Dick Smythe was educated at Bolton School, graduated in pure mathematics and statistics at St Andrews University and then took a masters in Operations Research at Birmingham University • He became a Fellow of the Royal Statistical Society, Operational Research Society, Institute of Management Services and the Institute of Physical Distribution Management • His career started with a scholarship from Dorman Long Steel on Teesside, working shifts on blast furnaces and steel mills before graduating and, afterwards, in their OR department – he subsequently moved to London to join the world-famous BISRA OR department, then part of British Steel, and was involved in their corporate planning and cost reduction programmes • During these earlier years, he became an officer in the Royal Naval Reserve, serving on their coastal minesweepers, and a wing forward for Rosslyn Park RFC (n'th XV), playing mostly for their famed après-rugby • He was then recruited by Europe's leading consultancy of the day, PA Consulting Group, and went on to set up and grow their Productivity Services Division into a significant part of the business, becoming a PA director and sitting on their UK management consultancy board - whilst there, he led a joint study with the CBI into UK productivity, and presented the results on TV, radio and to the national press with Director General Sir John Banham - The Times leader commented: "It is refreshing to come across something that has its feet firmly planted on the ground" • Since then, he has mixed productivity consultancy work with playing the property and stock markets, skippering his own boat in the Fastnet and many other ocean yacht races and keeping his golf handicap down to single figures • He is happily married, has two sons and two grandchildren to date, and lives either by the Solent or at Marble Arch in London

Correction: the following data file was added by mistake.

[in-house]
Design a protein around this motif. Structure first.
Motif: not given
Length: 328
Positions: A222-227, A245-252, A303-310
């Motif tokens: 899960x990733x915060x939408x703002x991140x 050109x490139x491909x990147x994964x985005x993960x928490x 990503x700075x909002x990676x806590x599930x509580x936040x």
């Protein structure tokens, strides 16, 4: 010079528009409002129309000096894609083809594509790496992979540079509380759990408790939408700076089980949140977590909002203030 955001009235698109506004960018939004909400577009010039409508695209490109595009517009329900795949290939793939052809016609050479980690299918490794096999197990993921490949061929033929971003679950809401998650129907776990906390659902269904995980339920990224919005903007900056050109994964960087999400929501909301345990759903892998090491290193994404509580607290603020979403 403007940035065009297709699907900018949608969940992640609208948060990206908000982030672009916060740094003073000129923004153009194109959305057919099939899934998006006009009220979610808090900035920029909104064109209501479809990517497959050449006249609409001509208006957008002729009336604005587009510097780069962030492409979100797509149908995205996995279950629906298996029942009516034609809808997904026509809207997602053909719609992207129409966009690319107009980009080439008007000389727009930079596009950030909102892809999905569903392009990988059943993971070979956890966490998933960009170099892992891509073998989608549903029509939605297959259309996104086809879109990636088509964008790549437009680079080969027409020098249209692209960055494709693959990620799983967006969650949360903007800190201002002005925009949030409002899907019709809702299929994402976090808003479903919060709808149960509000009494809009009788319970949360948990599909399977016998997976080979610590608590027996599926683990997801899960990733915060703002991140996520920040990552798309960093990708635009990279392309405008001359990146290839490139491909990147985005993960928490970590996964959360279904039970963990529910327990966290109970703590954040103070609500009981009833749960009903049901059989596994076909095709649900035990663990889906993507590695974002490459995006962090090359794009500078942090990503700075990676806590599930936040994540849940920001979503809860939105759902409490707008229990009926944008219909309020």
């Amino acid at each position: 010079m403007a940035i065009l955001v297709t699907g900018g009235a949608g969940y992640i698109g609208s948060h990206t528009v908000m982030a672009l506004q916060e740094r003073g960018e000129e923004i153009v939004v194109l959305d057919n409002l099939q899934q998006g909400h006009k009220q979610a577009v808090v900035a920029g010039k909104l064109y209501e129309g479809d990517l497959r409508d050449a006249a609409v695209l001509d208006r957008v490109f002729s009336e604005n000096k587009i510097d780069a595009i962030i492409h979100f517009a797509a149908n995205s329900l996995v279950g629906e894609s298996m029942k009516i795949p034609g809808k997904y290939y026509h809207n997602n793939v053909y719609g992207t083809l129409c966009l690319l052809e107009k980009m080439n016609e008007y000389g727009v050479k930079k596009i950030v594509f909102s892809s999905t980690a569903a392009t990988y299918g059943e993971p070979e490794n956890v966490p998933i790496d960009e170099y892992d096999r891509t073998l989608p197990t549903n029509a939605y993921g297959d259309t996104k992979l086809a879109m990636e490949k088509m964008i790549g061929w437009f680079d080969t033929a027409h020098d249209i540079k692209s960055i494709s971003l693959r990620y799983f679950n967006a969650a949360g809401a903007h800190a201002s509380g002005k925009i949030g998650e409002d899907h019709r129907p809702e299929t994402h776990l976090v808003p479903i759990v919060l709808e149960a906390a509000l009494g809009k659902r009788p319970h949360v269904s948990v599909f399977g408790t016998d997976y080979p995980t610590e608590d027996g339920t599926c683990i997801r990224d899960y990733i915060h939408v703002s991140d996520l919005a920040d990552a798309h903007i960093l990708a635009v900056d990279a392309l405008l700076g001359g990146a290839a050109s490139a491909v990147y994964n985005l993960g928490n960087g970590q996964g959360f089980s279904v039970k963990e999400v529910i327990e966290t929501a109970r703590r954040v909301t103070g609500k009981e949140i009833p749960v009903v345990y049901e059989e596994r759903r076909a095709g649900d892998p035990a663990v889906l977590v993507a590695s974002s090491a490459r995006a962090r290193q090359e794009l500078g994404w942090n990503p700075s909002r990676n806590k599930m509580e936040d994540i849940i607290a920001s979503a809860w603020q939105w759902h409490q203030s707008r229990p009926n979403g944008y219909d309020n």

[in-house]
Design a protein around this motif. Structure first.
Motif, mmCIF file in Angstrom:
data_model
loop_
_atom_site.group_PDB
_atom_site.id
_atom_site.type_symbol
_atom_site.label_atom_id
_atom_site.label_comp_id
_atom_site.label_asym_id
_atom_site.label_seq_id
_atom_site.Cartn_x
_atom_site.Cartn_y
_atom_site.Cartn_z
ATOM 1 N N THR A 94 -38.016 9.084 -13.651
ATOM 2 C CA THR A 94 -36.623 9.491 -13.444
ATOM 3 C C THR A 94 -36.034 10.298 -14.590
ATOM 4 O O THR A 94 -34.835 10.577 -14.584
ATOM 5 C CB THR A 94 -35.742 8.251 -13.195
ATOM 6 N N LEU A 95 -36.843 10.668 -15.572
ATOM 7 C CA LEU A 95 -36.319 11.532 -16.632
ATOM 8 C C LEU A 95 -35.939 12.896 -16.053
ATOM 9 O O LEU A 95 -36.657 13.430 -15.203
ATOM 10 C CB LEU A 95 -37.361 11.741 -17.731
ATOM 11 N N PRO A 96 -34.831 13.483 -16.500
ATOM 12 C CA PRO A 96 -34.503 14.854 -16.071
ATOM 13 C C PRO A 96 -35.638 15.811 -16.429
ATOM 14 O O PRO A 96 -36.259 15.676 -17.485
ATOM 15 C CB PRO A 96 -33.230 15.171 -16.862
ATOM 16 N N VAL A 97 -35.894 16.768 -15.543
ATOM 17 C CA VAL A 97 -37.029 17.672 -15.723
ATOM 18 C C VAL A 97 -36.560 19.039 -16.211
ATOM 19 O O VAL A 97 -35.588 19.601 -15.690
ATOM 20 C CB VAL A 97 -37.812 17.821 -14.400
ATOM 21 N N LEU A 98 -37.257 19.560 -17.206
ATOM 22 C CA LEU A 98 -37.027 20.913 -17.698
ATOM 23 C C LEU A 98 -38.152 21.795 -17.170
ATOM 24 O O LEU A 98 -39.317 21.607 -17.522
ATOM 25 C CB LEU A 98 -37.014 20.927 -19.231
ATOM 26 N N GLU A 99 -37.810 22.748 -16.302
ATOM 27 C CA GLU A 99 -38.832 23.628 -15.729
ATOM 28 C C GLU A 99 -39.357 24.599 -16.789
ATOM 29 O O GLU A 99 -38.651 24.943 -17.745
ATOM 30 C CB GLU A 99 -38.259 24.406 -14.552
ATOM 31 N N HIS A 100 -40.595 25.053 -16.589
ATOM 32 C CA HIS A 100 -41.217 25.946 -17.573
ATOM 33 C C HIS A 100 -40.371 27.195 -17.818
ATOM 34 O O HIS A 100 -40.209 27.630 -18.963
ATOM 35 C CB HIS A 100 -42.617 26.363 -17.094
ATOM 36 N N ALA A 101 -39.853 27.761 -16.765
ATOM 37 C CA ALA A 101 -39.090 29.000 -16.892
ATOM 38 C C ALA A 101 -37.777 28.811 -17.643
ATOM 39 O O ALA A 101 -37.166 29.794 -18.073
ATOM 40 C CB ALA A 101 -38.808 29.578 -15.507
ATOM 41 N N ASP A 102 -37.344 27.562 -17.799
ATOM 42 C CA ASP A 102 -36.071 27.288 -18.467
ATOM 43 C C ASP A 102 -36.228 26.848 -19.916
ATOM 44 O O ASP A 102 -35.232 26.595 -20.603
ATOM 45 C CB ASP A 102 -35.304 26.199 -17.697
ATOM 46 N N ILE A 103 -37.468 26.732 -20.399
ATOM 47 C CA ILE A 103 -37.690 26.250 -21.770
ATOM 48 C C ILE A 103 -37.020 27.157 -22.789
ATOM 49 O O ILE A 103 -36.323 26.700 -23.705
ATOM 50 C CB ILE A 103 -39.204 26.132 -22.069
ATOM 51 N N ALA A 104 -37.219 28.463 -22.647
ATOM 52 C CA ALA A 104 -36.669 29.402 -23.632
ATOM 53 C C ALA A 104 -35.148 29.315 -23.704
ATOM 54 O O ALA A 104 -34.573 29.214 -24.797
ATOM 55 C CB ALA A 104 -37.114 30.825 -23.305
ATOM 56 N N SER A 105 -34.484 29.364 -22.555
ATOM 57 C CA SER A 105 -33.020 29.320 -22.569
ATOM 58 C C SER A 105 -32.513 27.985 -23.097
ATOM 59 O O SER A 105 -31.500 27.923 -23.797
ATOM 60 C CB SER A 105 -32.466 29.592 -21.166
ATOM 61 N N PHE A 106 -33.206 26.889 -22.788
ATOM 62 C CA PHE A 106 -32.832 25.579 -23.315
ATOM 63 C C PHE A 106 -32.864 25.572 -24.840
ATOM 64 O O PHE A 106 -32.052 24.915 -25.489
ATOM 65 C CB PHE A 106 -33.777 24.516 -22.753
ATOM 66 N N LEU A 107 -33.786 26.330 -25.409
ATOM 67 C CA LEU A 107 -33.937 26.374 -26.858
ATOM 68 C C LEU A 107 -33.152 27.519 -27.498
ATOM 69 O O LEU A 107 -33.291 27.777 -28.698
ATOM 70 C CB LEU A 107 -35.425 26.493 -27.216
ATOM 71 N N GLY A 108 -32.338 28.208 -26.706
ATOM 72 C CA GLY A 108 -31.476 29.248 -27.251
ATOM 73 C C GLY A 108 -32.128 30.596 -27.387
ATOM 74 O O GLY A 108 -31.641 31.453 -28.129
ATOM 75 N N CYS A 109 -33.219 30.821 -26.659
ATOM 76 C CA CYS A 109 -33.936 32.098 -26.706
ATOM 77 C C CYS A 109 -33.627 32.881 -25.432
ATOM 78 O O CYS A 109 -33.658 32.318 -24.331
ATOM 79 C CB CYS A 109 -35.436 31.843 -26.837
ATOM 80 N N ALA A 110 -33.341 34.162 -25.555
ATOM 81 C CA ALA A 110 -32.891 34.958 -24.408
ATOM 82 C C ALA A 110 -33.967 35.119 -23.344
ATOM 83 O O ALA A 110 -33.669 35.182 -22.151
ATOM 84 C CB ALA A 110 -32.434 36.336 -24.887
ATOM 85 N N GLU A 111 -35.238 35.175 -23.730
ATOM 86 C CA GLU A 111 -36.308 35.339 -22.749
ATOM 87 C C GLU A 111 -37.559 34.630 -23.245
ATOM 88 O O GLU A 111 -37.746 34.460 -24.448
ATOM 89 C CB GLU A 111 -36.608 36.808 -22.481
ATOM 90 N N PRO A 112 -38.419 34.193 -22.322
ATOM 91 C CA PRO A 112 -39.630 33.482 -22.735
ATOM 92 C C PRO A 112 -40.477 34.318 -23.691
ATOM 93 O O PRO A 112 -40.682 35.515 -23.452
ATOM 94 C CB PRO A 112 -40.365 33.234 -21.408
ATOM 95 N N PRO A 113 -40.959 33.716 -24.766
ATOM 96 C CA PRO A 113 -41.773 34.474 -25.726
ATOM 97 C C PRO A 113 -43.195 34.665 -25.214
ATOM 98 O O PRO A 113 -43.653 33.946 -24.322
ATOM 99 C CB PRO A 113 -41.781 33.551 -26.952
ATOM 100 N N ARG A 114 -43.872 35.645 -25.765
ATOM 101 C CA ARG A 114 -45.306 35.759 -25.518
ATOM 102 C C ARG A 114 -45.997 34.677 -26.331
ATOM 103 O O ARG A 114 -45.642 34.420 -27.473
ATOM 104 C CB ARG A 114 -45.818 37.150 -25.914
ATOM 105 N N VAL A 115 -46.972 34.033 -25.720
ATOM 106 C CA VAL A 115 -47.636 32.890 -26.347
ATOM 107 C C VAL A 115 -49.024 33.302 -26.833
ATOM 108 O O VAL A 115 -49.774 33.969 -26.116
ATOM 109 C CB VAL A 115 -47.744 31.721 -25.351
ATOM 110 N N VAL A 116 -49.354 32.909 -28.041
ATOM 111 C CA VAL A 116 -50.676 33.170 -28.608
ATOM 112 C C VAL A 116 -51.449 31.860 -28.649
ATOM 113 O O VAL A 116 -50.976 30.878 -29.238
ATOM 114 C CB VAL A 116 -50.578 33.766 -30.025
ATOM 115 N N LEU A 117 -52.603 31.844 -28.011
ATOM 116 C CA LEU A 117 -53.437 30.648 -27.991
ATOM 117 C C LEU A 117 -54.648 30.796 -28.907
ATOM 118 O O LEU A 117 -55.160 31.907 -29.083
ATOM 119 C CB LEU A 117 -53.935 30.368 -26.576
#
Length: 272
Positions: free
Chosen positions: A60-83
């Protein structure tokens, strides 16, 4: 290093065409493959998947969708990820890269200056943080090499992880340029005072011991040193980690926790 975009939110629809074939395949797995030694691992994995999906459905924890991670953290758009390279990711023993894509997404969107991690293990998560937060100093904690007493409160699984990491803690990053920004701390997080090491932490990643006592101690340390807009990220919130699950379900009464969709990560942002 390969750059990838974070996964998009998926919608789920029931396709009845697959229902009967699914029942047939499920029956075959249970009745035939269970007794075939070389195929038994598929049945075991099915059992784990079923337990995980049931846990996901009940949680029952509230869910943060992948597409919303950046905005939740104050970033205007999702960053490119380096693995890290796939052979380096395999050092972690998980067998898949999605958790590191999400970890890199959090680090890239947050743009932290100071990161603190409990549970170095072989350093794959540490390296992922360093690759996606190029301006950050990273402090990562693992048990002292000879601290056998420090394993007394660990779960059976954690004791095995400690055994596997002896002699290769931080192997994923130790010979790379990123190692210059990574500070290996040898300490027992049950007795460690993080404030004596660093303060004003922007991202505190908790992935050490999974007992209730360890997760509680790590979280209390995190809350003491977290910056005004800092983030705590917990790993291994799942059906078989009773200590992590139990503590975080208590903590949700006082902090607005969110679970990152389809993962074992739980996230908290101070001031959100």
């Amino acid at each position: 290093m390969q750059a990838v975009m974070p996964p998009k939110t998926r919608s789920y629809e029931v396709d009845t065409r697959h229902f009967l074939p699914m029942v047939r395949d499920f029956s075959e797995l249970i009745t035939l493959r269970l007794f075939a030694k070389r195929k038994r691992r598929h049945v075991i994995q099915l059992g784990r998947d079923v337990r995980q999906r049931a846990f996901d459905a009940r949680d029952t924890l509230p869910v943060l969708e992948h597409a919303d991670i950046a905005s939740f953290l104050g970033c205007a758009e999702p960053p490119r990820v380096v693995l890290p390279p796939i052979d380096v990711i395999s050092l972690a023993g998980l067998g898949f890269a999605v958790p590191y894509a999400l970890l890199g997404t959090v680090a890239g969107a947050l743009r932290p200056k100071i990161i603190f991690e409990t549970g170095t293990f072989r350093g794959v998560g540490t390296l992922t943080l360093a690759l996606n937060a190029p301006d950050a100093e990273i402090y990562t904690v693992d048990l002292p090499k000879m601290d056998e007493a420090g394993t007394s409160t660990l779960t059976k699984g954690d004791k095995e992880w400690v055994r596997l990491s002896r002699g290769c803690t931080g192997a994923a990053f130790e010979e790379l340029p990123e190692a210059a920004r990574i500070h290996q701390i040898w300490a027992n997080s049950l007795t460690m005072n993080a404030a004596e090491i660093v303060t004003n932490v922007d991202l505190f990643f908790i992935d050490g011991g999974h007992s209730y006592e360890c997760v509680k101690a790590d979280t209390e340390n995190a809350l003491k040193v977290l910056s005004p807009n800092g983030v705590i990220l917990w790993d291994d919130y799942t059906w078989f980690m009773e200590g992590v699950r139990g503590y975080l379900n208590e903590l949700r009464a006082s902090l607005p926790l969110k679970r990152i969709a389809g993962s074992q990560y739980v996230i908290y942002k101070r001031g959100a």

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BA put customers last

BA – British Airways – was once state-owned and nicknamed ‘Bloody Awful’ Then, in the 80s under Lord King and Colin Marshall, it transformed itself into the ‘World’s Favourite Airline’, not least by delivering the now-famous PPF (Putting People First) course to all staff, some 200 at a time, who assembled at upmarket venues such …

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If productivity so vital, why not measured?

Capita recently surveyed 250 managers and 250 workers across a range of UK industries including retail, logistics and construction They found a ‘huge disconnect’ between the number of managers who feel productivity is important and those who actually measure it Key findings were: Just 32% of bosses feel their business is very productive yet 71% …

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Political parties’ productivity plans

Productivity is the biggest peacetime issue facing all UK political parties Annual improvements are vital if living standards and average earnings are to be raised – so what did their recent manifestos say about it? Conservative party manifesto – essentially ‘to grow the national wealth pie’: Introduce a National Productivity Investment Fund – spend £23 …

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National productivity positions built on sand

I read an article about Chinese productivity posted by Bloomberg journalist Michael Schuman and sent him the following email: Michael, I read your article about Chinese productivity with great interest The first step in any major productivity improvement drive is indeed to establish the current position – where are you now? Most ‘expert’ commentators try to do …

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CEOs rate potential of new technology ‘very low’!

A new Gartner survey of 388 CEOs/ senior executives found they rated as “very low” the potential for productivity improvement from new breakthrough technologies such as IoT, AI, blockchain (secure databases) and 3D printing In particular, when asked for their ‘top enabling technology for improving productivity’: Only 2% chose IoT – and only 1% picked either …

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